Infant First Aid
By Kristyn Kusek
When your baby gets hurt -- be it a bug bite or a bruise -- knowing how
to care for her can help ease your anxiety. Here, first aid tips for
treating minor boo-boos:
- Scrapes and Cuts If the wound doesn't appear to need
stitches and isn't bleeding heavily, wash it with gentle soap and
water, then pat dry. Apply an over-the-counter antibiotic (like
Neosporin) and cover with a Band-Aid. If you notice any signs of
infection (like redness, swelling or pus), see your pediatrician.
- Minor Burns Run cool water over the affected area to
soothe pain (don't apply ice-it damages skin tissue, causing more
discomfort). To protect the skin, apply a thin layer of petroleum jelly
and cover with a bandage. If blisters appear, don't drain them-open
ones are easily infected.
- Sunburn When outdoors, infants and toddlers should
always be protected from the sun with a hat and 30 SPF sunscreen
(Sunscreen isn't recommended for infants under 6 months; instead, keep
your baby out of direct sunlight and dress her in protective clothing.)
But if your baby gets a sunburn, soothe it with an aloe vera-based
cream. You can also administer over-the-counter pain relievers, like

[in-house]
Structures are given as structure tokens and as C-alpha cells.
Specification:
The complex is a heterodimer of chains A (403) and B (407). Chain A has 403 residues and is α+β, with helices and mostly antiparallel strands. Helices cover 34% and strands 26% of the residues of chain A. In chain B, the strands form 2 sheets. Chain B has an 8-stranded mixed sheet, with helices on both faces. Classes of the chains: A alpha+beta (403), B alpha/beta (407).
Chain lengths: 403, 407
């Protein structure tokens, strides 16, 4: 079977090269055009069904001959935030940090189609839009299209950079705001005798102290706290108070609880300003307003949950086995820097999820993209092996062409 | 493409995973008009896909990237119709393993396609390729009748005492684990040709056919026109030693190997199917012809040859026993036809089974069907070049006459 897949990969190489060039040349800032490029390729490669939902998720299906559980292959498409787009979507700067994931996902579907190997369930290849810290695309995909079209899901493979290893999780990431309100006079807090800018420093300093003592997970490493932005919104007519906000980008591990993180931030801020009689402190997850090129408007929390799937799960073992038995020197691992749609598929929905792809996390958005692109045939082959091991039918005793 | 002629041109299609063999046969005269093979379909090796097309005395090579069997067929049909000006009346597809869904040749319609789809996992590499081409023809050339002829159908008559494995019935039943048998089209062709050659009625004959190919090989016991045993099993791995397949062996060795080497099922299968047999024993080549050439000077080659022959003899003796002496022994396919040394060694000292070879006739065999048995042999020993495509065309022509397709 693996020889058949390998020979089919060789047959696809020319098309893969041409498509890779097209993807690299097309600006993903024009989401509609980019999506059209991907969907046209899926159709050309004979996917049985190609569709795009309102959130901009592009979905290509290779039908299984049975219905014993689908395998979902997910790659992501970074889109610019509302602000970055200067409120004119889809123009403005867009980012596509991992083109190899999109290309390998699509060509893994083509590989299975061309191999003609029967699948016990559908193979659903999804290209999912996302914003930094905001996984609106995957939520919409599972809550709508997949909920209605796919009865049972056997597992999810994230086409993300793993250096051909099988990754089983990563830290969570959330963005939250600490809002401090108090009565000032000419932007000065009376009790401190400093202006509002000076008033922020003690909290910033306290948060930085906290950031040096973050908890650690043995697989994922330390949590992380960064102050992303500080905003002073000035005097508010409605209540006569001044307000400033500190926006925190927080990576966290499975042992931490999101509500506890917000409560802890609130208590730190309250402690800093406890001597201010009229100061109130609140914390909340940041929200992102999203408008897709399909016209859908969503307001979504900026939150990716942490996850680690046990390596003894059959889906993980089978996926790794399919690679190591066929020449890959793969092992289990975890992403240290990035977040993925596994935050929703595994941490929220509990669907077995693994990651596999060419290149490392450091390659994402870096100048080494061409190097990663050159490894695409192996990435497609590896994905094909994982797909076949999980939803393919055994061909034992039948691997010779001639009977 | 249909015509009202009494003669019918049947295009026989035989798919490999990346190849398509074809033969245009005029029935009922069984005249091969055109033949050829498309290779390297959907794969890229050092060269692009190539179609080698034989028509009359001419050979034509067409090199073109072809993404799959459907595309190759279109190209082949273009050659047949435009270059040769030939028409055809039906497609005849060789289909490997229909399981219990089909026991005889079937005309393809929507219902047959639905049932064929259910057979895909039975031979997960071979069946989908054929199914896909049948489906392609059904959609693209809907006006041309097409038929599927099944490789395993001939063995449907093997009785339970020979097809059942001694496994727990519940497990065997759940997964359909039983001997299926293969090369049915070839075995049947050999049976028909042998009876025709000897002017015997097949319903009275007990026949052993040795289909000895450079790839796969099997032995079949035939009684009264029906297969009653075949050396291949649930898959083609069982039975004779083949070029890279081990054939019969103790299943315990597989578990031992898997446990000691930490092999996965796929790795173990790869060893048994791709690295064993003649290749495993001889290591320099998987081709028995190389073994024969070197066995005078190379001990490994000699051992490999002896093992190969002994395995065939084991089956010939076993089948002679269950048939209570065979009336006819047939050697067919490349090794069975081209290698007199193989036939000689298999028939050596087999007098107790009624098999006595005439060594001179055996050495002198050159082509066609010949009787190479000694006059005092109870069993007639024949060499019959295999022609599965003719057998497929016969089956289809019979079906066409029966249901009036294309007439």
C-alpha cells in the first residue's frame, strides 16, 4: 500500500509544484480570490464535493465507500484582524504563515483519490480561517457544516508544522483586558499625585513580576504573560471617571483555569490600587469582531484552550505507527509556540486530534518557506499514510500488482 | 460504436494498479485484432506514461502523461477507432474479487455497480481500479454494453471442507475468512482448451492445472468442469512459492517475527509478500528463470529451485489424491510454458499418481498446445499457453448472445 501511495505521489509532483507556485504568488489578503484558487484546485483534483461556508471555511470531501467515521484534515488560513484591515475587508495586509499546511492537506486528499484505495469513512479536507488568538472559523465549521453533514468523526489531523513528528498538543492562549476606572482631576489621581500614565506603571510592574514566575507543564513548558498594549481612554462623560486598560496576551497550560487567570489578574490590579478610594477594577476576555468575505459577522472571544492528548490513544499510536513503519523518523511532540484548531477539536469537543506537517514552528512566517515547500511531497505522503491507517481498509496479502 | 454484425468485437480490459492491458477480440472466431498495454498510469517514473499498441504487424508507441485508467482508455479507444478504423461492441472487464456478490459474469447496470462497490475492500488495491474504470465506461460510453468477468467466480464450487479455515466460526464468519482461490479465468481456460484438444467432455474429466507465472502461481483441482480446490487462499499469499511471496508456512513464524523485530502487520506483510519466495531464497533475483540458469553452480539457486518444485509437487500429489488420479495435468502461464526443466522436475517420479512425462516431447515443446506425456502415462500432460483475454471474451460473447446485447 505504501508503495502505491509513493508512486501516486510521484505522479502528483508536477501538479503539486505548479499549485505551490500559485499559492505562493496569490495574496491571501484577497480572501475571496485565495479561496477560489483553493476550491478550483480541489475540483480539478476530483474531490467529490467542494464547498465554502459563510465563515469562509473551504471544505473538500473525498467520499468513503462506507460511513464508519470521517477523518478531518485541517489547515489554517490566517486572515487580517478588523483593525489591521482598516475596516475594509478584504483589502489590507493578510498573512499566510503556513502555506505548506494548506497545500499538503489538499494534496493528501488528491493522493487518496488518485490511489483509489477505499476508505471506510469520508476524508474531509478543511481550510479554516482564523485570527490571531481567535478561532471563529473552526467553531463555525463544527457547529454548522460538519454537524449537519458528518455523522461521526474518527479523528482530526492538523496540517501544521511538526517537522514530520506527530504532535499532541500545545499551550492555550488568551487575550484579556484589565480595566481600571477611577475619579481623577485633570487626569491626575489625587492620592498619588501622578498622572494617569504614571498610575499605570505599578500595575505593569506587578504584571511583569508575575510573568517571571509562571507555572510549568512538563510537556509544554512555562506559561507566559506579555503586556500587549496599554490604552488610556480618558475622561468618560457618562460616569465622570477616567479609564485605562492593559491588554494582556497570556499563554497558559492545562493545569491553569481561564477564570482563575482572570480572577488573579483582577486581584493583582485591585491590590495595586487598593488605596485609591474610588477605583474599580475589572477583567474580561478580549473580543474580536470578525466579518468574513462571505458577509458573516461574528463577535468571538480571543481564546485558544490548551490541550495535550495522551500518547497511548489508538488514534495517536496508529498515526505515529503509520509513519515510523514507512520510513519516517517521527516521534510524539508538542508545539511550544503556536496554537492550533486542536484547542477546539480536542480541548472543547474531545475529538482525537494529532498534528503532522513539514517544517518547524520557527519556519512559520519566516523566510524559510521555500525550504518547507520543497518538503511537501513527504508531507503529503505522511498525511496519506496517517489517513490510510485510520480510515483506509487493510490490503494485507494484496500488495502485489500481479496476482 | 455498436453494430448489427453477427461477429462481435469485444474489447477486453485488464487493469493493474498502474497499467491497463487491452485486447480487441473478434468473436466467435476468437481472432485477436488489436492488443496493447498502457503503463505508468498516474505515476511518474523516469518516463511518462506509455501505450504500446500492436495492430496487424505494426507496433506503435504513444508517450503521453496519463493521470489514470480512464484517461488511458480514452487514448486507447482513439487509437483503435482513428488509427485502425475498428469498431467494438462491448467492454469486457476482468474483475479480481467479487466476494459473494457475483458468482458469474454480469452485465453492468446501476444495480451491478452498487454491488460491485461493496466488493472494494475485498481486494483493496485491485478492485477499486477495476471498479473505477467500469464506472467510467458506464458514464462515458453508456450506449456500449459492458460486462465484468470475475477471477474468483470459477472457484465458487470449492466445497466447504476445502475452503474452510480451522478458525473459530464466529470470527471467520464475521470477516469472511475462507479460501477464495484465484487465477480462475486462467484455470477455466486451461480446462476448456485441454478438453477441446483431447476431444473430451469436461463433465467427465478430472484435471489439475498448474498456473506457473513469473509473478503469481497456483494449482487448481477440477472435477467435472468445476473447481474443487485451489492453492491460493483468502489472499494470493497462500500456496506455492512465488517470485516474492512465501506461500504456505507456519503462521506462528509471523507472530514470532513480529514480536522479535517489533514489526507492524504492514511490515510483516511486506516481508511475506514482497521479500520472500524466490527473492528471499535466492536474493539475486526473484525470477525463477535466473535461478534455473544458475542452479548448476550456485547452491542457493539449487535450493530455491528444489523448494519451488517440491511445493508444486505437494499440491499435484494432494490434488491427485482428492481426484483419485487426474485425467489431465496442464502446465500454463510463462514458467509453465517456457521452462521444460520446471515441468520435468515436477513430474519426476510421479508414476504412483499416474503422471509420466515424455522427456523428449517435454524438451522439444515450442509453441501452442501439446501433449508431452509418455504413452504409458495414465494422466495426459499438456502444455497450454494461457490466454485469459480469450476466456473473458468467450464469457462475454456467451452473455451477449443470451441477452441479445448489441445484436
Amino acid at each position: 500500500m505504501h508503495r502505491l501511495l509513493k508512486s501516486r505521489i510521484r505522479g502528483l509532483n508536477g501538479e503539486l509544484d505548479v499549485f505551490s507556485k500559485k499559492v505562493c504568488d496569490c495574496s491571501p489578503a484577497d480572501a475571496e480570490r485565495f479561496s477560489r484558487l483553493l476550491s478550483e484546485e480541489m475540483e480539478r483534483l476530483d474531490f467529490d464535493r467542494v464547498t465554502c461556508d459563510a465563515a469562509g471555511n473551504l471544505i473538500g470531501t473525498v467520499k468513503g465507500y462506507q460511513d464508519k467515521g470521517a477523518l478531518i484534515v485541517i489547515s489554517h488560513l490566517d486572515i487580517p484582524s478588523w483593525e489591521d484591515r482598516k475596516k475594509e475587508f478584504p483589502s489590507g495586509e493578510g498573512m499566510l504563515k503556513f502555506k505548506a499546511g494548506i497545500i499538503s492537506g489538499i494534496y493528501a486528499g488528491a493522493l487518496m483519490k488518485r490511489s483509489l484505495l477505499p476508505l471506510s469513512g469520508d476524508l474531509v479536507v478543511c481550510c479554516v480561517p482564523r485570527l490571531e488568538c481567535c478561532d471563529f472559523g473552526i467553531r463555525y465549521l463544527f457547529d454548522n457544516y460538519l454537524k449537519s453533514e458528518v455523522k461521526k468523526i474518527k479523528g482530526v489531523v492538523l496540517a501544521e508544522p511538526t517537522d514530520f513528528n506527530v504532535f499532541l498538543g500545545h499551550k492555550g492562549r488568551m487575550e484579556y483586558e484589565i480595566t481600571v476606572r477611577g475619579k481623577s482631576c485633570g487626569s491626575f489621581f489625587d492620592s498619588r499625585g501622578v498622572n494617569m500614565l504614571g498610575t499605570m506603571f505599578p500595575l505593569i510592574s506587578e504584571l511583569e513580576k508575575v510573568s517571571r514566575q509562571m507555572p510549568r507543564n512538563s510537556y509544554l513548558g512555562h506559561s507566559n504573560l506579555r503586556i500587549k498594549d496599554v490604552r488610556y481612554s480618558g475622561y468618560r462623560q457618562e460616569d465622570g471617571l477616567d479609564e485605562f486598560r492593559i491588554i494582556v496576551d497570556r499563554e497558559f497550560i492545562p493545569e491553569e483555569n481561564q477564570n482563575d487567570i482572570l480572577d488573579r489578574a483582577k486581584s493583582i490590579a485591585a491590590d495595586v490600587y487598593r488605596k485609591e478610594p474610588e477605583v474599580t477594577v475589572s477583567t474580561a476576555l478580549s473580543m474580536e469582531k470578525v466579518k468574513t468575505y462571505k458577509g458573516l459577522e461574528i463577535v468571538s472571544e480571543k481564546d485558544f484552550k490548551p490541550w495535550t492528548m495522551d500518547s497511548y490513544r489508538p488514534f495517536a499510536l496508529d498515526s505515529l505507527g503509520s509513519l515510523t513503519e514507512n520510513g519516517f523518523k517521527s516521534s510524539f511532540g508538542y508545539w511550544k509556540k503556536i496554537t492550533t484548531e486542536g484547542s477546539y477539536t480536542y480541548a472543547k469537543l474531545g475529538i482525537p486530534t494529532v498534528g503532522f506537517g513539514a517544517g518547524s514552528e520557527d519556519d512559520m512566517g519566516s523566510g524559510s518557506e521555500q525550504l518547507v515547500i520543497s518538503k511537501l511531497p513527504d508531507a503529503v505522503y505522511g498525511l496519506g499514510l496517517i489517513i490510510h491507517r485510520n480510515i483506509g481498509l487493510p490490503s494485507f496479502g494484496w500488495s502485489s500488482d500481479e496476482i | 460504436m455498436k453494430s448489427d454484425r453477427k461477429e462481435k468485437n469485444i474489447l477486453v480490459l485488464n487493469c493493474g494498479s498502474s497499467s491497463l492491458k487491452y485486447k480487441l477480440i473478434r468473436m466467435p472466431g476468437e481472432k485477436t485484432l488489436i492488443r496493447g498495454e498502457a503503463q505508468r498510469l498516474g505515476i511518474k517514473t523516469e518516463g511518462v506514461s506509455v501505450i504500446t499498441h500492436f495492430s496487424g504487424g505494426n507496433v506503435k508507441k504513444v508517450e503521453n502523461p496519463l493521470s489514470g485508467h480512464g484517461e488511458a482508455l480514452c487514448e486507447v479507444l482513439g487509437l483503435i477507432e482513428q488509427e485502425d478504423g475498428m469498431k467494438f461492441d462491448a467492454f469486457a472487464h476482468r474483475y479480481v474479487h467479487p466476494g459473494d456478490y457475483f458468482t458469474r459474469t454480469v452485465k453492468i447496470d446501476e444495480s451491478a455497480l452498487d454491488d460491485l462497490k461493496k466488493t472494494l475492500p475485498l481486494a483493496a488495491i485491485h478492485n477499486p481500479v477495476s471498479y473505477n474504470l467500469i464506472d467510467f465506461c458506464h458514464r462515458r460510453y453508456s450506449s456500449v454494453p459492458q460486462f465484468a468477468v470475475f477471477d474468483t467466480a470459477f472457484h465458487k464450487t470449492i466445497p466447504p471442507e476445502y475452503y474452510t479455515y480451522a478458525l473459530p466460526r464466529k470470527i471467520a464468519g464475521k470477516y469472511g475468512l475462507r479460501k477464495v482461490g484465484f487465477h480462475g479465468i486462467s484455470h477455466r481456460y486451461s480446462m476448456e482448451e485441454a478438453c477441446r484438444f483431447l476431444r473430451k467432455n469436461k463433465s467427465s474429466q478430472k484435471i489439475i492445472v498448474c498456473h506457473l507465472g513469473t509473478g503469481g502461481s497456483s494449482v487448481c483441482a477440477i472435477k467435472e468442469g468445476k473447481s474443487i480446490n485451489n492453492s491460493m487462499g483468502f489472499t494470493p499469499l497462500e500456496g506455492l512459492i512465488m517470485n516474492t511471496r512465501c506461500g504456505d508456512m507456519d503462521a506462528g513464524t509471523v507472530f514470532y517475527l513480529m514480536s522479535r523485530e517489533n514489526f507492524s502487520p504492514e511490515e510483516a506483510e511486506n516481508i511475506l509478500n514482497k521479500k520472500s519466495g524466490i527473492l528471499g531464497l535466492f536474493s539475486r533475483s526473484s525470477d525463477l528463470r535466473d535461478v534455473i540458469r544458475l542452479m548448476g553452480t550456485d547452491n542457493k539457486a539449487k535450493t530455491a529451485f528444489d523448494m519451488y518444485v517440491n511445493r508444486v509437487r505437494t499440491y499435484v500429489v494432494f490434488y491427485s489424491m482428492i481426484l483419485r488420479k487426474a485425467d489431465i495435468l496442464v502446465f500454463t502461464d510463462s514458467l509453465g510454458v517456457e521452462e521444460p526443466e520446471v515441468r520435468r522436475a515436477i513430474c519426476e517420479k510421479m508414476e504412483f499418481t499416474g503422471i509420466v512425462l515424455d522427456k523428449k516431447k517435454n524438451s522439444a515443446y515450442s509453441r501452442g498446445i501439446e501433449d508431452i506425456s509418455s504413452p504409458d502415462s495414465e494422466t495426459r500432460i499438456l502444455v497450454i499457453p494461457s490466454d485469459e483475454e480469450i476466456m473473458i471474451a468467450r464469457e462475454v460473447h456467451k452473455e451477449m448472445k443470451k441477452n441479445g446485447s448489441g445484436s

Tylenol. If vomiting or fever occurs, it means the burn is severe and
you should see your pediatrician.
- Bug Bites Most insect bites and stings look like firm,
raised bumps. Care for a bee sting by gently scraping out the stinger
with a sterile pin or tweezers. Put a cold compress on the area to
relieve pain. (Note that many kids are allergic to bee stings. If rapid
swelling or wheezing occurs, get medical help immediately.) Mosquito
bites are especially common in babies -- the bugs are actually
attracted to the hemoglobin in infant blood. Clean and dry the bite,
then apply an over-the-counter itch relief cream, like Benadryl
ointment. To keep your child from scratching, cut her fingernails and
keep them clean.
- Knots and Bruises Apply an ice compress to the area to
help numb pain and reduce swelling. To relieve soreness, administer an
over-the-counter pain reliever like Tylenol or Ibuprofen. If your child
seems lethargic, disoriented, or vomits after bumping his head, seek
medical care to check for a concussion.
- Motion Sickness/Nausea It's best not to give babies
and toddlers medication for nausea -- doctors say it can make stomach
upset worse. Simply let your child rest and call your pediatrician if
symptoms worsen or don't subside within a few hours.